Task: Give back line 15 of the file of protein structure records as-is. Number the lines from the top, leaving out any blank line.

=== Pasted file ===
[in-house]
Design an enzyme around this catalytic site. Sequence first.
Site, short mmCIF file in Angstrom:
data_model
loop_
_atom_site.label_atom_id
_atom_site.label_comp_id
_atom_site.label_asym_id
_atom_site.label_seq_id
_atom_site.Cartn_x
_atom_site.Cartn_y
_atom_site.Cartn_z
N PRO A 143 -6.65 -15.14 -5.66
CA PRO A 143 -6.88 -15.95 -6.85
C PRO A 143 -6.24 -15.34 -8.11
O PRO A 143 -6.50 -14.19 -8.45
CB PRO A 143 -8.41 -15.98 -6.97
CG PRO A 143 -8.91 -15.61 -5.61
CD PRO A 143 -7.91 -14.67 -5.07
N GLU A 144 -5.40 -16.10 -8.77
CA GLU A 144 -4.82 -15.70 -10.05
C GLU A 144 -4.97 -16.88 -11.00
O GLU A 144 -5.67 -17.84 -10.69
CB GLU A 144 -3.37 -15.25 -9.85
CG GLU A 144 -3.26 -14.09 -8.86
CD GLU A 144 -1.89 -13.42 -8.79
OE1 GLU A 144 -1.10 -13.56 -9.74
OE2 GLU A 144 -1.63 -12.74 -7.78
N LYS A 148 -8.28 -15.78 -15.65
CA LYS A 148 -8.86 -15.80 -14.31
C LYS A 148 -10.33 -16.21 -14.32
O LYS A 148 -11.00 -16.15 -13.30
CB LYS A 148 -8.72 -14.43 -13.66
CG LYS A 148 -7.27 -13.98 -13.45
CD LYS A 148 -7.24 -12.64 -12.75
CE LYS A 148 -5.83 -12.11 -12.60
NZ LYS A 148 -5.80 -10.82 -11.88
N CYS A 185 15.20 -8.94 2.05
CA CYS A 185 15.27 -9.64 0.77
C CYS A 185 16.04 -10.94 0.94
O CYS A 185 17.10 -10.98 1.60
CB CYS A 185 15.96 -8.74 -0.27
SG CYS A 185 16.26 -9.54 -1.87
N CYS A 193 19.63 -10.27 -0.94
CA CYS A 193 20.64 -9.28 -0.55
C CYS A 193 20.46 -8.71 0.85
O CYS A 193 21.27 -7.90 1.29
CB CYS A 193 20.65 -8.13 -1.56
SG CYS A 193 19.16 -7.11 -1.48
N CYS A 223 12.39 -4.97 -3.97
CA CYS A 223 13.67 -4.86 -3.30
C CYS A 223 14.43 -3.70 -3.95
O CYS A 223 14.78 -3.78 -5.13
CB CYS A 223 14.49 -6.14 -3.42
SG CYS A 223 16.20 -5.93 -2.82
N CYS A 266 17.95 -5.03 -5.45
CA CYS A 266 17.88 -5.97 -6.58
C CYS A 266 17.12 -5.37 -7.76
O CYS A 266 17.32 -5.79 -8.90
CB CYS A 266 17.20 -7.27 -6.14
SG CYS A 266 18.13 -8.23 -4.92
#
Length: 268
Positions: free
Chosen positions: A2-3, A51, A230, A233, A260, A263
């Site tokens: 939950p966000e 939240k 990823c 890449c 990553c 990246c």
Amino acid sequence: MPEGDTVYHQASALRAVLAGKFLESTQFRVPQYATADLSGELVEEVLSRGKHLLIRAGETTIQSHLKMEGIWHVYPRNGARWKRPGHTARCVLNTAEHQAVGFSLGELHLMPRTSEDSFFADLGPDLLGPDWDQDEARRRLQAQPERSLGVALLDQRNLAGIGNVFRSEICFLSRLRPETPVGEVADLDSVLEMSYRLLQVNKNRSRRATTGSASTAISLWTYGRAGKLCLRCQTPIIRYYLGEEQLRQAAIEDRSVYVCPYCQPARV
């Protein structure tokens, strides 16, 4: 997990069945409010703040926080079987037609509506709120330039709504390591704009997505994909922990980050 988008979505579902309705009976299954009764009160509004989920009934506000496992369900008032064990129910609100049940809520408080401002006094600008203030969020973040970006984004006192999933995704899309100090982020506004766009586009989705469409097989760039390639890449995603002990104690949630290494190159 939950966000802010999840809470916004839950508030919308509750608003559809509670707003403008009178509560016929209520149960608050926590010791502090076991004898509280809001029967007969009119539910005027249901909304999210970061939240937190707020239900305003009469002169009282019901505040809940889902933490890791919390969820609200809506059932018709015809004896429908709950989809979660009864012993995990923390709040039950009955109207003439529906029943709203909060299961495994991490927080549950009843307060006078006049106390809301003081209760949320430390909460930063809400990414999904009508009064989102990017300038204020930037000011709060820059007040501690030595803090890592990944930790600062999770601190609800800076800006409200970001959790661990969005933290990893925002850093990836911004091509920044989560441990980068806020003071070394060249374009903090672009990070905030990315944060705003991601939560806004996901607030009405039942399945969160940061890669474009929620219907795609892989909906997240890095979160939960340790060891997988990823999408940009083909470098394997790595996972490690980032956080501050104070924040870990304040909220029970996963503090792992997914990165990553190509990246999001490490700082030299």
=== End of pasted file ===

C PRO A 143 -6.24 -15.34 -8.11